For instance, it assumes an unrealistic uniformity in the behavior of individuals and groups, and in the virus’ ability to spread from person to person.
So it doesn’t reflect the diversity of population density, living arrangements, transportation patterns and social interactions that makes Los Angeles County, for instance, so different from Boise County, Idaho. Nor does it account for the fact that Boise County, where less than 35% of adults are fully vaccinated, gets no protection from L.A. County’s 73% vaccination rate among adults.
“Humans are not a herd,” Jamieson said.
Public health leaders would have been better served by framing their vaccination campaigns around the need for “community immunity,” she said. That would have gotten people to think in more local terms — the ones that really matter when it comes to a person’s risk of infection, she added.
But, again, this assumes that the CDC and other public health officials were working in a normal world, where the only obstacles are evolving expert understanding and the difficulty of communicating with the general public. That Trump and company worked so hard to undermine the messaging simply can’t be overemphasized.
Interestingly, Jamieson recently published a report in Nature Human Behavior titled “How conspiracists exploited COVID-19 science.” Some representative excerpts:
Instead of envisioning an untidy world filled with randomness, unintended consequences, innocent action gone awry and new evidence, conspiracists envision one that is inhabited by powerful individuals who conceal malign activities and intent. The fluid nature of emergent science provides fuel for conspiracy theorists who offer certainty in place of the provisional, sometimes-updated statements of health experts. At the same time, conspiracy proponents question the trustworthiness and motives of those in the federal agencies, philanthropic institutions and pharmaceutical companies who fund basic research and develop, deliver and, in the case of some of the federal agencies, regulate public access to medical treatments, including vaccines.
Statements and updates by Dr Fauci about mask wearing and hydroxychloroquine were among those used by conspiracy theorists during the pandemic. As indications accumulated that individuals without symptoms can transmit SARS-CoV-2, the Centers for Disease Control and Prevention (CDC), the Surgeon General and Dr Fauci did an about-face on the advisability of routine mask wearing in public settings. When randomized, placebo-controlled clinical trials found that hydroxychloroquine was ineffective as a COVID-19 treatment, Dr Fauci’s agnosticism about its value shifted to opposition. He was not alone. The US Food and Drug Administration (FDA) also withdrew its Emergency Use Authorization of it. “Much of what Fauci said about this virus, the drugs that could treat it, and the measures that could be taken to slow the spread was untrue”, said Fox News’s Laura Ingraham on the 2 June 2021, “He knew it was untrue”. After listing “cruise ships, masks, lockdowns, the origins of COVID-19, [and] the models and projections” as topics on which Dr Fauci had been “wrong”, on 2 June 2021, Fox News’s Sean Hannity asked “What did Dr Fauci know and [w]hen did Dr Fauci know it, and was he engaged in some kind of scientific cover-up?”.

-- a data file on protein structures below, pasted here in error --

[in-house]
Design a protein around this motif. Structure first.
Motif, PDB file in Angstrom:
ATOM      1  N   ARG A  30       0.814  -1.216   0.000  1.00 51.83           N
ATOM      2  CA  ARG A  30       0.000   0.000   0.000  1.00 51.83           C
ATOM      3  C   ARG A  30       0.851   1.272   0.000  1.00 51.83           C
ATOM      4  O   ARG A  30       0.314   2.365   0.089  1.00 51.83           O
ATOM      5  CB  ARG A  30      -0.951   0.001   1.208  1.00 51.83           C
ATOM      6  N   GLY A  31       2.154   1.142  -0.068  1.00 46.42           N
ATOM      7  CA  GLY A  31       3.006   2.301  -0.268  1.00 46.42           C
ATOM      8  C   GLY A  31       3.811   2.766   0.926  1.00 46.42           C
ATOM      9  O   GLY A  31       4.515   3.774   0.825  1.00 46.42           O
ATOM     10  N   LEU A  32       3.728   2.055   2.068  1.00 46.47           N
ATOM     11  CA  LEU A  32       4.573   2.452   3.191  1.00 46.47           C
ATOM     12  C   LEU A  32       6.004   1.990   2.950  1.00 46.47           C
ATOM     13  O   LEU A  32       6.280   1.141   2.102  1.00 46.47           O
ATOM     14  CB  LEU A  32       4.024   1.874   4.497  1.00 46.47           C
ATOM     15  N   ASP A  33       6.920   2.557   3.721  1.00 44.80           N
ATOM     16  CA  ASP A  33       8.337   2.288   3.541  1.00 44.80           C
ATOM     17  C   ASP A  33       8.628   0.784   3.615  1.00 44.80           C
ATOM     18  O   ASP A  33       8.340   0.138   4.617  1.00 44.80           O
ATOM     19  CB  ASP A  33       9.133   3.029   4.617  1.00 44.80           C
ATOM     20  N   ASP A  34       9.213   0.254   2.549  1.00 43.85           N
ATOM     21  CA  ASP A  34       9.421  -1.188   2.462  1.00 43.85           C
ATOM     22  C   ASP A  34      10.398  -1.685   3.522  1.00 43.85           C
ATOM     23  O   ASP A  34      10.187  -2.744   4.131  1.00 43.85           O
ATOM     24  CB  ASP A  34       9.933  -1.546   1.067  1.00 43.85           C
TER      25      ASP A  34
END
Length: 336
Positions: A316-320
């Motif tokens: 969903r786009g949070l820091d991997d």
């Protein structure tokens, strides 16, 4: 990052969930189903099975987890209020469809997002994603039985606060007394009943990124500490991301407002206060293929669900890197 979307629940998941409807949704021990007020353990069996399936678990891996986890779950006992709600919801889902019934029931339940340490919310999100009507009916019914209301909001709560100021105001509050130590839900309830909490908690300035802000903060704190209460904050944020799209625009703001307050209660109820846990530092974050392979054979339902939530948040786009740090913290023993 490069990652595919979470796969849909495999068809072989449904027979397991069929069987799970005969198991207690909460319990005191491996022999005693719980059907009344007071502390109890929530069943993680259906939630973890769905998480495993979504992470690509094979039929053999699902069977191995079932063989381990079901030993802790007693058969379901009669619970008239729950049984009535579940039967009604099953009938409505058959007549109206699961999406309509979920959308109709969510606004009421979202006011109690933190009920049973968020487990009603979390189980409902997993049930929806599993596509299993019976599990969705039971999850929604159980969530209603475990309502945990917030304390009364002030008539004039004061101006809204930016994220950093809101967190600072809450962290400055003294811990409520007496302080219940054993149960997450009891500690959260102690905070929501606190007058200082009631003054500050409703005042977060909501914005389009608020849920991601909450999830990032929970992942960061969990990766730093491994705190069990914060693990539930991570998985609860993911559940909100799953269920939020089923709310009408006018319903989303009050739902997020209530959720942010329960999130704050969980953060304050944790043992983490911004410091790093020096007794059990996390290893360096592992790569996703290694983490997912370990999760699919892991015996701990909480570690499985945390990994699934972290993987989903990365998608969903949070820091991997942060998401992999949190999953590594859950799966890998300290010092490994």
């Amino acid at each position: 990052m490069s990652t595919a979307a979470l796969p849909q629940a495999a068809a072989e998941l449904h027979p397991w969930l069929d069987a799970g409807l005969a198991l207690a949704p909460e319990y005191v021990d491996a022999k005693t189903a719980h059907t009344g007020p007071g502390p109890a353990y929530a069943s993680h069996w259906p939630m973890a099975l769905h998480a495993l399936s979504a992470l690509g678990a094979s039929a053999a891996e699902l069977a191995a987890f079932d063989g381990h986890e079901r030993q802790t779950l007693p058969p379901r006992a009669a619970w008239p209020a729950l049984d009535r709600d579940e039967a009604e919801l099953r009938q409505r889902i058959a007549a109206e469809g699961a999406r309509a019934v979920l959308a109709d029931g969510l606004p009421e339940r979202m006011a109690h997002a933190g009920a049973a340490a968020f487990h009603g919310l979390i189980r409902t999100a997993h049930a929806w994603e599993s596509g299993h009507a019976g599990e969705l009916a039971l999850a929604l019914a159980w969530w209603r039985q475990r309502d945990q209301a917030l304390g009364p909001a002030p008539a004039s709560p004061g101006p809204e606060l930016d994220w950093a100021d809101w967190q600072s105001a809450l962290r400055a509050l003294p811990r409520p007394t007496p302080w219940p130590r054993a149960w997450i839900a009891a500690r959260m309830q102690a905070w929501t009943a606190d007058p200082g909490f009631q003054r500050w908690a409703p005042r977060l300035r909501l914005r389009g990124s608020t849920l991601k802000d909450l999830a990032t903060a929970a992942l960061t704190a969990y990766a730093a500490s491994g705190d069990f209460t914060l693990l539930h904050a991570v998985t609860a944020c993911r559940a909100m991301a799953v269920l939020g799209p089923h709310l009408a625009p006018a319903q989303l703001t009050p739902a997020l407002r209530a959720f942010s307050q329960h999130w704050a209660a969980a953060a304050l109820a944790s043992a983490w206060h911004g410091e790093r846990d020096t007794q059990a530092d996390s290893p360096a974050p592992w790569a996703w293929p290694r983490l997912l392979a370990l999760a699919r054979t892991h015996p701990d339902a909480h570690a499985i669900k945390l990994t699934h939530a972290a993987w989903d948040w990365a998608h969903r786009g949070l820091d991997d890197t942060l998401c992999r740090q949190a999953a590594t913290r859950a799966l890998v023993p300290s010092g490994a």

For conspiracists of an ideologically conservative bent, some of conclusions of the science community did not reflect science but instead a desire to undercut Trump’s re-election prospects. “The partisan Democrats, the conjugal media, and the scientists, the deep state scientists want America sick through November”, alleged Michael Caputo, who was appointed by Trump as assistant health and human services secretary for public affairs. Among the decisions at issue were whether the whole population other than essential workers needed to be ‘locked down’ to ‘bend the curve’, the speed with which the economy should be re-opened after the ‘lockdown’ and when a vaccine would be available for distribution. The insistence of experts such as Dr Fauci that decisions about the use of proposed treatments such as hydroxychloroquine and convalescent plasma, and the authorization of a COVID-19 vaccine, should await high-quality clinical trial data was also interpreted as being anti-Trump in intent. “The deep state, or whoever, over at the FDA is making it very difficult for drug companies to get people in order to test the vaccines and therapeutics. Obviously, they are hoping to delay the answer until after November 3rd”, tweeted President Trump on 22 August 2020.
Into this brew, conspiracists add conjecture (“maybe [the COVID-19 vaccine] doesn’t work and they’re simply not telling you that”5) and insinuations that are intended to identify a conspirator’s motive (for example, that Dr Fauci is a registered Democrat6, a past CEO of Moderna7 and a vaccine shareholder8). Such factors are interlaced to warrant context-specific conspiracy theories (for example, that the FDA is covering up the fact that the mRNA vaccines cause serious side effects and death9; or that, in league with ‘Big Pharma’, Dr Fauci mandates vaccines from which he, Big Pharma, the Gates Foundation, Chan-Zuckerberg, WHO, CDC and the Chinese Communist Party benefit10).
Personal greed is one ascribed motive, and sociopathy or lust for power, glory and knowledge are others. Accordingly, one theory accuses Dr Fauci of opposing the approval of hydroxychloroquine — a drug that Trump cast as a possible “game changer”11 — because Dr Fauci wanted the virus to spread until a vaccine could be developed and named after him12. On another front, by terming the nation’s leading infectious disease specialist the ‘father of the virus’, conspiracists assumed the motive explored in Mary Shelley’s Frankenstein — an arrogant search for knowledge unmindful of the risks or consequences. The meme ‘Fauci Lied. Millions Died’13 capsulizes the conspiracy assertion that by denying that a US$600,000 National Institutes of Health (NIH) subaward from EcoHealth Alliance to the Wuhan Institute of Virology14 involved gain-of-function research, Dr Fauci and compatriots such as NIH director Dr Francis Collins are covering up (that is, ‘Fauci Lied’) the supposed reality that the resulting explorations created SARS-CoV-2 and with it the pandemic (that is, ‘Millions Died’).
And those aren’t even the craziest bits.